Hi there, it’s Lindsay, posting today about making costume-inspired pieces for your kiddos that are practical enough for everyday wear. Now don’t get me wrong, I’ve totally been that mom at the grocery store who is pushing the kid in the Batman mask or completely
obnoxious adorable princess ensemble. I’m all for agreeing to those wardrobe requests once in a while, but sometimes you need your kids to look a little bit more presentable. To be capable of, you know, buckling their seatbelt or seeing more than three feet in front of their face. I’ve got some ideas on how to make them feel as though they’re in disguise and you, like a master of compromise.
First are some costume-like patterns and tutorials that are still super wearable.
The next four patterns are fantastic as is, but could also be easily modified or embellished. Tara’s pinafore could be inspiration for any winged creature. Ridiculously adorable and cozy, this Fur Hood is perfect for any wild thing. The Onstage Tutu would be super sweet and isn’t too poofy to wear to school. These dungarees have been on my “to sew” list for a while. They could certainly outfit a little farmer, train conductor, or a hipster Taylor Swift.
We’ve talked about some costume inspired pieces that work for everyday. If you’re planning to use this Kids Clothes Week to make an actual Halloween costume, lets consider some disguises that can flex back into wearable pieces.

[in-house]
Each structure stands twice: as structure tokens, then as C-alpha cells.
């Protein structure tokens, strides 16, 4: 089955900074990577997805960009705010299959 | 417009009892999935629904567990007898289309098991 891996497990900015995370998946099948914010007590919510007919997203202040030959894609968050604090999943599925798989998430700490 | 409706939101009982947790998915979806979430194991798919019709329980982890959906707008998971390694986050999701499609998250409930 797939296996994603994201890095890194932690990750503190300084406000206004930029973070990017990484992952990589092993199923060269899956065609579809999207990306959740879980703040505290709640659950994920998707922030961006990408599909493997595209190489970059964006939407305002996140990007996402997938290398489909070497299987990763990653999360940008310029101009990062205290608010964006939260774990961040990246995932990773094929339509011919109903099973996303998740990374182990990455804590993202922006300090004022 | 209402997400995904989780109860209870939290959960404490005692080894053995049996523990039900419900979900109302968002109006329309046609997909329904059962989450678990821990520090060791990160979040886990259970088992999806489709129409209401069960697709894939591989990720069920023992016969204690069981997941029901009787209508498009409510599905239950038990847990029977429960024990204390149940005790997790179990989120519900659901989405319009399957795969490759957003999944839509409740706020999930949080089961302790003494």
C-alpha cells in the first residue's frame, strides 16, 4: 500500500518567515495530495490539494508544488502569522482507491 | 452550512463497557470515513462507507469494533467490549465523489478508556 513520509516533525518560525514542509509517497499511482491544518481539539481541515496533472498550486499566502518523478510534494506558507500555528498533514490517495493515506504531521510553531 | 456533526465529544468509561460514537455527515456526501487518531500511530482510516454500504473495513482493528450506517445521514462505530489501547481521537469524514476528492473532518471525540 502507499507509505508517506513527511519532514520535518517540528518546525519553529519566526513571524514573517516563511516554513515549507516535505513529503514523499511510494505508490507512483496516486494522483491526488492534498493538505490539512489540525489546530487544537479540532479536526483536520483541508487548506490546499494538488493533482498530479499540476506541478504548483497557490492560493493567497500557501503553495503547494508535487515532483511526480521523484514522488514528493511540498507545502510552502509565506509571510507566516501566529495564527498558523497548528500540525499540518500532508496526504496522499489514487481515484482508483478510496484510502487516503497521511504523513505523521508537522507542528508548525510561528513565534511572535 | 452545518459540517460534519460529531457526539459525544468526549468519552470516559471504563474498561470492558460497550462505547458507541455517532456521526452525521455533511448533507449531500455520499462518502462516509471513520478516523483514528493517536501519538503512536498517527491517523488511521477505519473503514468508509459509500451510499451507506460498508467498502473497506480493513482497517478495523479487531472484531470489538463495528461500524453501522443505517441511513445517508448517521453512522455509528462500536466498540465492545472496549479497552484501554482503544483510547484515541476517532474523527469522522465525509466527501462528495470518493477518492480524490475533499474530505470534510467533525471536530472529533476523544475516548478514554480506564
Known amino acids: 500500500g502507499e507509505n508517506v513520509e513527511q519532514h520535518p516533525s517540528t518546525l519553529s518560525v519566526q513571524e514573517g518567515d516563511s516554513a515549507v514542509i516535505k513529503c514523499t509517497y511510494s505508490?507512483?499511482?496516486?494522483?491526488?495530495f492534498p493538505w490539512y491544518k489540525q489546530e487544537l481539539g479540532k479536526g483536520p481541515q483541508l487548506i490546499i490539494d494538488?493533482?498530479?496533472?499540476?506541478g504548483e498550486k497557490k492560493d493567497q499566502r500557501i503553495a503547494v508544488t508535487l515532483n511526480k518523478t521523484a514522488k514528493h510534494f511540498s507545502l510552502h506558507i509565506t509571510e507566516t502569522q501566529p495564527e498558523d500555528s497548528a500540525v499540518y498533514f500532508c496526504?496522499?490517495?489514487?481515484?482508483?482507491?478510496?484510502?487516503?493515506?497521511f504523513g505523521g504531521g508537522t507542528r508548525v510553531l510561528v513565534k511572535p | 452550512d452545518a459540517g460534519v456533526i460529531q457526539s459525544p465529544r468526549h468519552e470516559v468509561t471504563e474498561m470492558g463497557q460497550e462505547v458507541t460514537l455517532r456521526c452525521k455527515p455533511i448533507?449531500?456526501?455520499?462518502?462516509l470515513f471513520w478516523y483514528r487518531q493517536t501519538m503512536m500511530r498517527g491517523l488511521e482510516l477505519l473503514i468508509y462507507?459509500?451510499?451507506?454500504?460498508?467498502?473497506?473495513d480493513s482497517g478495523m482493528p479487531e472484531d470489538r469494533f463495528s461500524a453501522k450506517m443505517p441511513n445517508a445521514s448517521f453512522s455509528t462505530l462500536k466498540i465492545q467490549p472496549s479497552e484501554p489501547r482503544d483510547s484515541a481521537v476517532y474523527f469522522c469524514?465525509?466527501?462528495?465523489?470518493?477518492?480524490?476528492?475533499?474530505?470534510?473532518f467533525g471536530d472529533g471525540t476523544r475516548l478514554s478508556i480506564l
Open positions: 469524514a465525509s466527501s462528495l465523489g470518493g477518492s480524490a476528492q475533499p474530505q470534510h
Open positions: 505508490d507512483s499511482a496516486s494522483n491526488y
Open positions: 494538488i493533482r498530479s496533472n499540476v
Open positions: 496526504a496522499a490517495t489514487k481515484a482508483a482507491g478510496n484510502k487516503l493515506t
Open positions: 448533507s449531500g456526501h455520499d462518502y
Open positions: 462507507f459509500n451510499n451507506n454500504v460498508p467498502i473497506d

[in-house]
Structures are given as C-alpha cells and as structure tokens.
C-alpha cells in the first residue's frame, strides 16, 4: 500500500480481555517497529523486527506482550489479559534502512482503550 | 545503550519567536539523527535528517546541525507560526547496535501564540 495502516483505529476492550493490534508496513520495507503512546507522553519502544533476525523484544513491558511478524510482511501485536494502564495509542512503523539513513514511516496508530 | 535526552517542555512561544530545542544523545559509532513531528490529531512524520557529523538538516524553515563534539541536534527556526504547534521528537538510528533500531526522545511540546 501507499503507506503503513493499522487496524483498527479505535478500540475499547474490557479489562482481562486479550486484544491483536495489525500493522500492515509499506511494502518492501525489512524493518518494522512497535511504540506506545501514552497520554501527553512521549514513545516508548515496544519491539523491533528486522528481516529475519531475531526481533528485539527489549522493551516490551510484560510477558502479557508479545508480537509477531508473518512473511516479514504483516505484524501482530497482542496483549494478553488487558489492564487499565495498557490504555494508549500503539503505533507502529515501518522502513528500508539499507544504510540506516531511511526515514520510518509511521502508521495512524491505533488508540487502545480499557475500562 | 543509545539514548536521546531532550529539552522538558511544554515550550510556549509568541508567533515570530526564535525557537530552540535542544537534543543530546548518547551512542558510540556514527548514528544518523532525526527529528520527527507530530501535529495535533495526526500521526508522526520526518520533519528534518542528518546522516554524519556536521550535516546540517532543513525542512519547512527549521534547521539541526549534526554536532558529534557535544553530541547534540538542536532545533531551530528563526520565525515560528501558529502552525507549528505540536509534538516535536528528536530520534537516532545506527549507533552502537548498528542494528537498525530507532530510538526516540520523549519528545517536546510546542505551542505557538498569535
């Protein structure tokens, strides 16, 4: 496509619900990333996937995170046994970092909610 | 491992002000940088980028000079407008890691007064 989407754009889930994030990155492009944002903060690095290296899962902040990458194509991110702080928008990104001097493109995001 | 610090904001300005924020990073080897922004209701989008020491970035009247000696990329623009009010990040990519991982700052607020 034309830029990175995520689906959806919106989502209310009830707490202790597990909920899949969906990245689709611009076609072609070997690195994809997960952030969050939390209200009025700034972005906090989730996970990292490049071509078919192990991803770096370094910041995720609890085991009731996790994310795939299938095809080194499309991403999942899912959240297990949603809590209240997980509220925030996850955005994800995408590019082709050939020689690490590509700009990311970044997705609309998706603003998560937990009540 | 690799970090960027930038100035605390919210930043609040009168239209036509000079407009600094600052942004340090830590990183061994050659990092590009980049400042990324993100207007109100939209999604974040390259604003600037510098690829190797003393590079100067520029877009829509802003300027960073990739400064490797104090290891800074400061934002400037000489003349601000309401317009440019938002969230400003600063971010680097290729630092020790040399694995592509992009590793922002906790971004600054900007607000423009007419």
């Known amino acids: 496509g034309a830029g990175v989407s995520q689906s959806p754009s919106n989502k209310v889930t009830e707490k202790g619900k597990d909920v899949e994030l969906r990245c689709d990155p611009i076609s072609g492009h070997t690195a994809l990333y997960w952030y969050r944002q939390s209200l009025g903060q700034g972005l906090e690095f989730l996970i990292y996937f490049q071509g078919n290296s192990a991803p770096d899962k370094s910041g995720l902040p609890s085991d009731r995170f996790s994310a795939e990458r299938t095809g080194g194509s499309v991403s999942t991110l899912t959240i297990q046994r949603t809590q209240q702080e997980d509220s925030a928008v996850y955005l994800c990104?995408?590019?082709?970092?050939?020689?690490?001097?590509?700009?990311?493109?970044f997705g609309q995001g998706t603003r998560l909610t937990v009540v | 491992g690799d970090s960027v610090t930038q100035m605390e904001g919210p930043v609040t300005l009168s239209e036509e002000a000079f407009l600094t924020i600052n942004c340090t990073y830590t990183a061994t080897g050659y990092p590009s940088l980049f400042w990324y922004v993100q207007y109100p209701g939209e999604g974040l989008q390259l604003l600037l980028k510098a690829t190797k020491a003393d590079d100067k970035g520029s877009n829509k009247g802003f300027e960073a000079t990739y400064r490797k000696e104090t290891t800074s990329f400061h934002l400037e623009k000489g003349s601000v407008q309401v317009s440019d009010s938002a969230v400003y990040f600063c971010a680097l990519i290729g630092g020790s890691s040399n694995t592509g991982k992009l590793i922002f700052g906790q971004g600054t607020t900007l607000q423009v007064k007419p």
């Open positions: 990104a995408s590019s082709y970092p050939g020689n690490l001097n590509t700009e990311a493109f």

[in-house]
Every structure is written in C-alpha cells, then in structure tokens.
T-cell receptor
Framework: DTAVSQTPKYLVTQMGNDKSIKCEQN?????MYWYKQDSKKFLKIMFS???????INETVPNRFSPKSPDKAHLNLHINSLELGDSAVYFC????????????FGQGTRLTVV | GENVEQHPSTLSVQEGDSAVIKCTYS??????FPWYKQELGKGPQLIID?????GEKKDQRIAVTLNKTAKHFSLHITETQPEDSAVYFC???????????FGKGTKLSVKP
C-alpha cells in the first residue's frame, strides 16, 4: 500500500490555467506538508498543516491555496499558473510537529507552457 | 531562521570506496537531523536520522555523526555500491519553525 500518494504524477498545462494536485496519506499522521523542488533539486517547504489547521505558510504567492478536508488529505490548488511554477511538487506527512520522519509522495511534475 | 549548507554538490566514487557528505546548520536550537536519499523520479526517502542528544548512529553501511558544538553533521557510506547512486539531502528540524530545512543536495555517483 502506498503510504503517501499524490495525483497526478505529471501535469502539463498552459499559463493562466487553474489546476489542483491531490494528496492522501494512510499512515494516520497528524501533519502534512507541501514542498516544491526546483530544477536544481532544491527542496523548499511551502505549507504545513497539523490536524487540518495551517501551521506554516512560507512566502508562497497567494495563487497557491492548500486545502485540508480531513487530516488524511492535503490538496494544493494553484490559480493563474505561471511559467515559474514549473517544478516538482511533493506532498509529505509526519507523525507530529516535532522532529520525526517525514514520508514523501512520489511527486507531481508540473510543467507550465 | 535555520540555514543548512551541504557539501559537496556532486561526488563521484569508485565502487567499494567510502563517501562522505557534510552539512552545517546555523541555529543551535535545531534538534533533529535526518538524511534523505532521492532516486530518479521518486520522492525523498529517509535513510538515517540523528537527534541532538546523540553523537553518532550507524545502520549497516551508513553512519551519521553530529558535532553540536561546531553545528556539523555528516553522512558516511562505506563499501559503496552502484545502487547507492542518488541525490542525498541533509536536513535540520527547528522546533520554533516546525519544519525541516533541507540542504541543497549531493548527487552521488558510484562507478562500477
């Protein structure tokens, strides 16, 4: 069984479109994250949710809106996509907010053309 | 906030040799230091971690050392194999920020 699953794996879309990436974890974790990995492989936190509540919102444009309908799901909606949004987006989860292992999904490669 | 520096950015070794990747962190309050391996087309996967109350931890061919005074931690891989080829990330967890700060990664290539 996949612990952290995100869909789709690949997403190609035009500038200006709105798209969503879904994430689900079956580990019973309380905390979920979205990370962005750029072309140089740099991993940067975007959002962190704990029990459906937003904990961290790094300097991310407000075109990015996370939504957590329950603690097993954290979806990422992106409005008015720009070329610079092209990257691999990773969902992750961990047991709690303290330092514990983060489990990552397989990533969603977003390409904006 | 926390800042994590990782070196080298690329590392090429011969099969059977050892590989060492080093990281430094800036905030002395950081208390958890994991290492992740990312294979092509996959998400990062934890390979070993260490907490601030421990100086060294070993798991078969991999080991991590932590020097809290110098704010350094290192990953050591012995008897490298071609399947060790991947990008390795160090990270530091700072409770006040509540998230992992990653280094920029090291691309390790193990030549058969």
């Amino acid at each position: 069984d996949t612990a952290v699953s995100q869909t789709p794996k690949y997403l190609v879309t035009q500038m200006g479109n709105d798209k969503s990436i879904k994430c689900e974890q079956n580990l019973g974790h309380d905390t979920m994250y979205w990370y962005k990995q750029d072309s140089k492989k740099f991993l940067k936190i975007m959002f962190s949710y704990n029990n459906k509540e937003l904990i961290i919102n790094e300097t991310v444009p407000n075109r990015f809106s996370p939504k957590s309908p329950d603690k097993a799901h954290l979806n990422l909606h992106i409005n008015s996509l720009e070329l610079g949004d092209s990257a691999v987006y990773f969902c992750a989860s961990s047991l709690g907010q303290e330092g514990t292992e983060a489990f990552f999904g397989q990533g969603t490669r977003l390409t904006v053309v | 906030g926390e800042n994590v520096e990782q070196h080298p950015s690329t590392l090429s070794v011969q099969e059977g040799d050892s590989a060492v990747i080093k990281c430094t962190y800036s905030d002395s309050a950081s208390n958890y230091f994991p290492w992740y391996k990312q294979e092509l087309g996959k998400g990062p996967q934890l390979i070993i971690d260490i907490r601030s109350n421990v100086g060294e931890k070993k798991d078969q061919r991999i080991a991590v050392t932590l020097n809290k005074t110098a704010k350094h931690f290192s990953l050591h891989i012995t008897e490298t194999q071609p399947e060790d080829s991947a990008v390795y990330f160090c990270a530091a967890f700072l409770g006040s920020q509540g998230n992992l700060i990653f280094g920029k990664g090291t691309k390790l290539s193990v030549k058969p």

There are several pictures of me in my youth, rocking a pretty rad perm and wearing a “sweatsuit costume.” Basically, my mother bought a sweatsuit at the store and hot glued embellishments onto it. Black sweatsuit plus ears and a pinned on tail… Black cat! Gold hoodie with coordinating yarn glued on…Cowardly Lion! You get the idea. Now my first instinct is to tease my mom relentlessly about these creations, but it’s kind of a great concept (though she does deserve some grief about my hideous hair).
Here are a few examples that put that cat sweatsuit I wore for three consecutive years to shame.
Knowing how to sew, means we aren’t limited to what we can find in a store. There are some amazing patterns out there for kid staples. Stacey mentioned several of them in her pattern post last week. If you make the costume additions removable, you’re left with some great handmade basics to see your kids through the colder months!
I hope these ideas have helped you get your wheels turning. Can’t wait to see what you guys make this season!